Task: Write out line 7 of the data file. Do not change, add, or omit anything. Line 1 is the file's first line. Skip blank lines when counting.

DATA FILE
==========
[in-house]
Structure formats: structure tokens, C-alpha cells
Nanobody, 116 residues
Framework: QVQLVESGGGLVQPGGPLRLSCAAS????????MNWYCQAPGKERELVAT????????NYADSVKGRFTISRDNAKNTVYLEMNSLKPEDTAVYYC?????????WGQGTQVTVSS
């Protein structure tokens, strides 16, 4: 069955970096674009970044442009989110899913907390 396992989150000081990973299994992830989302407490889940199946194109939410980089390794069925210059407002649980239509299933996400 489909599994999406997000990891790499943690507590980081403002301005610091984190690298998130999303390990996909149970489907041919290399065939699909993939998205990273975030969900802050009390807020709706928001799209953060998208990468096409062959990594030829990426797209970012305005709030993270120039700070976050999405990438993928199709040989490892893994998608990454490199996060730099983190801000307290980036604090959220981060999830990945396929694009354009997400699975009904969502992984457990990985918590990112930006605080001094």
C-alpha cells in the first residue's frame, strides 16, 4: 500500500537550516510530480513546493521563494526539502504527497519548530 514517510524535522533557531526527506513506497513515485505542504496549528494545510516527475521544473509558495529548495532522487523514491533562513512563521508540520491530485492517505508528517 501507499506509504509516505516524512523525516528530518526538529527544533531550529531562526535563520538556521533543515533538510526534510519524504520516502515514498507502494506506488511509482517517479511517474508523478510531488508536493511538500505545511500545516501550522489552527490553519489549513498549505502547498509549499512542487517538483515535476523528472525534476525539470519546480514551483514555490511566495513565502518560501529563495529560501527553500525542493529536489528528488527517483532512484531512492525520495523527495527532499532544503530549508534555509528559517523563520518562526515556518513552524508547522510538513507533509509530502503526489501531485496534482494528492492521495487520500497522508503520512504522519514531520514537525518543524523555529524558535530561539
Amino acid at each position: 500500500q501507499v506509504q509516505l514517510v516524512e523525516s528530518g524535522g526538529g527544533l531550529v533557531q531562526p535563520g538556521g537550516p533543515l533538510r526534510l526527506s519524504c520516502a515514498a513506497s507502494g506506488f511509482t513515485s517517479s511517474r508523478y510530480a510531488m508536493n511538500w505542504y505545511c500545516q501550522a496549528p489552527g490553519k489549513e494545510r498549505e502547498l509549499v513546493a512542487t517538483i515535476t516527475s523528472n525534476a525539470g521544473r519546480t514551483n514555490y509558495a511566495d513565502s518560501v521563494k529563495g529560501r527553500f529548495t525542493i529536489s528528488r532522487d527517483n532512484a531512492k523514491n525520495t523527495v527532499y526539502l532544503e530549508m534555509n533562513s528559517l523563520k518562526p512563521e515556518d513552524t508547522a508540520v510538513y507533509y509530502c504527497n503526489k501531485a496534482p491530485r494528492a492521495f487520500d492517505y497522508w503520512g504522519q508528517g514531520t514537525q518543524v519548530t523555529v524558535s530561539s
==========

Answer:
Amino acid at each position: 500500500q501507499v506509504q509516505l514517510v516524512e523525516s528530518g524535522g526538529g527544533l531550529v533557531q531562526p535563520g538556521g537550516p533543515l533538510r526534510l526527506s519524504c520516502a515514498a513506497s507502494g506506488f511509482t513515485s517517479s511517474r508523478y510530480a510531488m508536493n511538500w505542504y505545511c500545516q501550522a496549528p489552527g490553519k489549513e494545510r498549505e502547498l509549499v513546493a512542487t517538483i515535476t516527475s523528472n525534476a525539470g521544473r519546480t514551483n514555490y509558495a511566495d513565502s518560501v521563494k529563495g529560501r527553500f529548495t525542493i529536489s528528488r532522487d527517483n532512484a531512492k523514491n525520495t523527495v527532499y526539502l532544503e530549508m534555509n533562513s528559517l523563520k518562526p512563521e515556518d513552524t508547522a508540520v510538513y507533509y509530502c504527497n503526489k501531485a496534482p491530485r494528492a492521495f487520500d492517505y497522508w503520512g504522519q508528517g514531520t514537525q518543524v519548530t523555529v524558535s530561539s